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Turkey won’t seek permission to fight terror: Erdogan

‘We reserve our right to target terrorists who threaten our country from Syrian territories,’ says Turkish president

Turkey won’t seek permission to fight terror: Erdogan

By Elena Teslova, Sena Guler and Sibel Ugurlu


Turkey will not seek anybody's permission to fight terrorism, Turkish President Recep Tayyip Erdogan said Tuesday.

“We will not seek advice on how to deal with a terrorist group from anyone whose activities have been directed against our citizens for more than 30 years, or ask for permission to fight terrorism.

"We reserve the right, when the appropriate conditions will arise, to pursue terrorists who threaten our country from Syrian territory," Erdogan said in an article penned for Russian daily Kommersant.

In the article on Turkey-Russia cooperation in Syria, he stressed that Turkey had no problem with Syrian Kurds nor any other groups living inside the borders of the neighboring country.

Erdogan stated that some groups in the U.S. were insistently ignoring the fact that the terror group did not represent the Syrian Kurds, on the contrary, caused great harm to those people of Kurdish origin.

He said the evidence to it was the fact that Turkey hosts tens of thousands of Syrian Kurds who escaped from the pressure of the terrorists.

"Therefore, the accusations made in recent weeks have nothing to do with reality," he said.

Stating that the U.S. pullout from Syria was "a step in right direction", he added: “The Syrian crisis can be resolved only by those countries that benefit from the healing of Syria's wounds and be harmed by their festering."

Erdogan's article came after the U.S. President Donald Trump's tweet on Sunday where the latter said "[The U.S.] will devastate Turkey economically if they hit Kurds," conflating “Kurds” with the terrorist PKK/YPG, a confusion that Turkey has repeatedly criticized.

Syrian civil war entering new phase

Turkish leader said the Syrian civil war -- which broke out in 2011 -- is entering a new phase in following the U.S. decision.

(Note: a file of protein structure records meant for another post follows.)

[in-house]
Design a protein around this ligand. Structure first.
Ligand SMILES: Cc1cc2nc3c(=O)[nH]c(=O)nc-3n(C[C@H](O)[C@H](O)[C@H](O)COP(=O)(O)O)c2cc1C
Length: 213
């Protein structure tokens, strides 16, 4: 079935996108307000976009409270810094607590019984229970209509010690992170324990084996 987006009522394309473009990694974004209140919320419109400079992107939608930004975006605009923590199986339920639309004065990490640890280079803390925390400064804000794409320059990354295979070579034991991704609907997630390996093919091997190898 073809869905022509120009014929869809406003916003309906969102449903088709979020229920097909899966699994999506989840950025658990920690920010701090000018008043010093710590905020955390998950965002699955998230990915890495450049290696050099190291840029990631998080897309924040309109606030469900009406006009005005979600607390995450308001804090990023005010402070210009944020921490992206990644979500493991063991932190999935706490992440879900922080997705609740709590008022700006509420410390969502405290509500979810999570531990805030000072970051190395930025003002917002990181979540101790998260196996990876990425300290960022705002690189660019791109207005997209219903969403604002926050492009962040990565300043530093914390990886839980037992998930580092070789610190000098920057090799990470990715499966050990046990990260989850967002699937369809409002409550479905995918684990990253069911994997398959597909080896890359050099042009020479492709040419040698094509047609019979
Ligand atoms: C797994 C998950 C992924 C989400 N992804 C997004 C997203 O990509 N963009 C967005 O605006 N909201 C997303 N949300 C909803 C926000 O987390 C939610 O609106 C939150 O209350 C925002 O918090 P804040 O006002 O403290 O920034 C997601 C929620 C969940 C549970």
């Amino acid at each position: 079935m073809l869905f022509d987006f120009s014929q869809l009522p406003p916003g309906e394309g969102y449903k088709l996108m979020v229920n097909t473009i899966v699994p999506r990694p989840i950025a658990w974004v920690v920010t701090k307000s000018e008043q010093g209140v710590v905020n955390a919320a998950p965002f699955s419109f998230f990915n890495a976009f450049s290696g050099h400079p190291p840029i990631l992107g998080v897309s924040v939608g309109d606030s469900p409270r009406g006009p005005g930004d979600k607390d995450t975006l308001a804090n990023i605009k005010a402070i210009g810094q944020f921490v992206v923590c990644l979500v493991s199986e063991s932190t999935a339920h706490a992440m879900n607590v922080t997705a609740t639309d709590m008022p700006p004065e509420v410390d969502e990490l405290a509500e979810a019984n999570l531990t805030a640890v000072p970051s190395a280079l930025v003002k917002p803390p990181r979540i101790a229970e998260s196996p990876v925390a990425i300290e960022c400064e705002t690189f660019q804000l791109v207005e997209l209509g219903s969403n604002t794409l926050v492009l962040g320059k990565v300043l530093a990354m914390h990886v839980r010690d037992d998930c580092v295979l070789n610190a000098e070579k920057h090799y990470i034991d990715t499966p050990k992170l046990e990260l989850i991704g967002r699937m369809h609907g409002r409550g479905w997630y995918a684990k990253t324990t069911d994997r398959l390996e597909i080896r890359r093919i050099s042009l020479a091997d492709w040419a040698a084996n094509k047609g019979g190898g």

"In December, I held talks with U.S. President Donald Trump and informed him that Turkey in this new process is determined to take the necessary steps to restore peace and stability to the Middle East," he noted, and said: "Therefore, we would like to continue our close cooperation with the Russian Federation, as together we started the Astana peace process for Syria."

He stated that Turkey was committed to a political settlement which will preserve territorial integrity of the war-torn country, that will ensure political representation of its people and their return to the country.

"To achieve these goals, Turkey and the Russian Federation must continue their cooperation and coordination of their actions," Erdogan added.

On the Idlib agreement inked last year, he said that it was "clearest evidence that our cooperation carries great importance for the protection of the interests of both our countries, and the people of Syria."

He also mentioned that some structures in the U.S. were trying to block Washington's decision to withdraw from Syria, which should have contributed to end the Syrian crisis, and said they were also spreading statements which said "Turkey will destroy the Kurds" or "The U.S. will not abandon our Kurdish allies!"

Erdogan mentioned that their point of reference for the Syria settlement process was the field of agreement reached during the last month's telephone conversation.